Sutton ranged from teasing to bombastic in the 45-minutes interview, though he appeared at a loss for words once, when an Advertiser reporter told him his alma mater, the University of Southern Mississippi, had pulled him from its Hall of Fame.
“Mr. Sutton’s subsequent rebuttals and attempts at clarification only reaffirm the misguided and dangerous nature of his comments,” the school said in a statement Tuesday. “The School of Communication strongly condemns Mr. Sutton’s remarks as they are antithetical to all that we value as scholars of journalism, the media, and human communication.”
But Sutton later said he wasn’t worried about a legacy or the widespread condemnation of his comments.
“I’m quitting,” Sutton said, alluding to possibly selling the newspaper.
On Twitter, Joshua Benton, the director of Nieman Journalism Lab, posted an archived advertisement that Sutton posted in late 2018 in an attempt to sell the paper.
In the sales pitch, Sutton said the paper pulled in over $350,000 in “legal ads.” Benton posited that those ads may serve as a major funding source for the paper, which, if correct, would bring in $6,700 in government-mandated funding per weekly issue.
But Tonda Rush, general counsel for the National Newspaper Association, said she would be surprised if a paper of the Democrat-Reporter’s size brought in that amount of money on all public notices – which also include items from banks, attorneys and other privately-funded sources.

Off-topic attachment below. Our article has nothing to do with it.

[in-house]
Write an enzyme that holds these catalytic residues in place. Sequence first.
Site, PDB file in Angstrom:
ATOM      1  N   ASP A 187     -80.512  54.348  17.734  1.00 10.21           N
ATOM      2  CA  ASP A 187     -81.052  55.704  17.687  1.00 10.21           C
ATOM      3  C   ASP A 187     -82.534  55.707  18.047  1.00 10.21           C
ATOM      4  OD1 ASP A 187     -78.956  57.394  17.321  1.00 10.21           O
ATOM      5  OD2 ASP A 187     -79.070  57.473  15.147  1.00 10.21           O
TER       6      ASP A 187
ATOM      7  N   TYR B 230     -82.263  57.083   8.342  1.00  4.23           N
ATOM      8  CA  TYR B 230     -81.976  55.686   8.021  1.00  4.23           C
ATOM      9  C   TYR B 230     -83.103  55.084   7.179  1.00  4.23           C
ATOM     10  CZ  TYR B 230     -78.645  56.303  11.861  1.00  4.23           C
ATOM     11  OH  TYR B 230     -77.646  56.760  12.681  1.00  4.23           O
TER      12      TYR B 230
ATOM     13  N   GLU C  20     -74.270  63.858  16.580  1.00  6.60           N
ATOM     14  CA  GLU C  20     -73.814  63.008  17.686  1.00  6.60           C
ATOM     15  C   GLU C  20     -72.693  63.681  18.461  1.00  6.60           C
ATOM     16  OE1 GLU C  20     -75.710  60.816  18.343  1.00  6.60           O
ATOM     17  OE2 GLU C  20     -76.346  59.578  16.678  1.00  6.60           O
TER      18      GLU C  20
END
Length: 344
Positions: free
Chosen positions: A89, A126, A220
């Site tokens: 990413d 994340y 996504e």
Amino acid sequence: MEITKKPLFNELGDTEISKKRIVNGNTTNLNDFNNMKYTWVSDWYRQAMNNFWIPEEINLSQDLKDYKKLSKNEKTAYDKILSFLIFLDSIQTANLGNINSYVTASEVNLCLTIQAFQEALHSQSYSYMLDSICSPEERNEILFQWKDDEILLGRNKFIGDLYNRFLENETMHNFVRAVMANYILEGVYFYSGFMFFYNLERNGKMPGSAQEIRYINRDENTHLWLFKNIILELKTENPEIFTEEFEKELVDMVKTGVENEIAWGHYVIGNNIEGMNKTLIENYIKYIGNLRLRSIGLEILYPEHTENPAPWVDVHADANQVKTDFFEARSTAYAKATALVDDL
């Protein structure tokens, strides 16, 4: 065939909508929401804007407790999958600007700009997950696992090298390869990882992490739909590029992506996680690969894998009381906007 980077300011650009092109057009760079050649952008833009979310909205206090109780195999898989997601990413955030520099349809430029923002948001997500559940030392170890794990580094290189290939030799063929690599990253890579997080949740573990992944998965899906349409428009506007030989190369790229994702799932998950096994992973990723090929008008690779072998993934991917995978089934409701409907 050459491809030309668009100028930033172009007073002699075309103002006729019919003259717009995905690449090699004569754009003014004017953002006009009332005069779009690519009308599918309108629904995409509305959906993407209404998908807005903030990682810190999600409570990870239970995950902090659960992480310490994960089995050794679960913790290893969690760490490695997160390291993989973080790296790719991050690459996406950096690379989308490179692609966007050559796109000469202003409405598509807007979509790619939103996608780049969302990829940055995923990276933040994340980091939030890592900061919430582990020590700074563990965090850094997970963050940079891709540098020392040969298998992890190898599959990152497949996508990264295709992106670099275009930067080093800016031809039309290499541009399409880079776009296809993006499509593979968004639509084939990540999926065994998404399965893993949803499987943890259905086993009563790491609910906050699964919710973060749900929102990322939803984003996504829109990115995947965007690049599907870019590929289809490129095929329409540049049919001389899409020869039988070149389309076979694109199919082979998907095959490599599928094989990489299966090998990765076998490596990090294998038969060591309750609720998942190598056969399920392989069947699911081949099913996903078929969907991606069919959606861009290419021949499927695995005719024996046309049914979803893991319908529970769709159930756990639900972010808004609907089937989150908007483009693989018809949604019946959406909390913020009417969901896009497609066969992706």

“That would amaze me. That’s a lot of public notice revenue,” she said. “That would be a large segment of revenue. It may be a definition issue.”
Without access to the paper’s internal numbers, however, Rush said she could only hazard a guess about the $350,000.
“You can tell everybody you ran me out of the newspaper business,” Sutton quipped to the Advertiser on Thursday.
Sutton’s inflammatory editorials far predate the 2018 for sale’s advertisement. An investigation by the Anti-Defamation League this week found multiple instances of racist and anti-Semitic language going back more than five years.
A review by the Alabama Political Reporter found headlines like “Homosexuals take black spotlight” and an editorial which stated “Slavery was a good lesson for Jews.”
In 2015, the paper ran a headline titled: “Selma black thugs murder Demopolite Saturday night.”
The paper also regularly republishes what appear to be old editorials from the 1930s and 1940s, which include multiple instances of racist slurs.
Justin Coleman, a 38-year-old who calls the Linden and Demopolis area home, said the Democrat-Reporter has “called for violence against minorities for years.”
“It has gone unchecked for decades,” said Coleman, who is African-American.
Coleman said people in the community have “become numb” to the weekly newspaper. But he’s frustrated by the idea that outsiders might have of Marengo County, which was about 51 percent black and 46 percent white, according to 2018 U.S. Census numbers.
Linden is located about 100 miles due west of Montgomery near the Mississippi border, deep in the rural Alabama Black Belt.
Contributing: Brian Edwards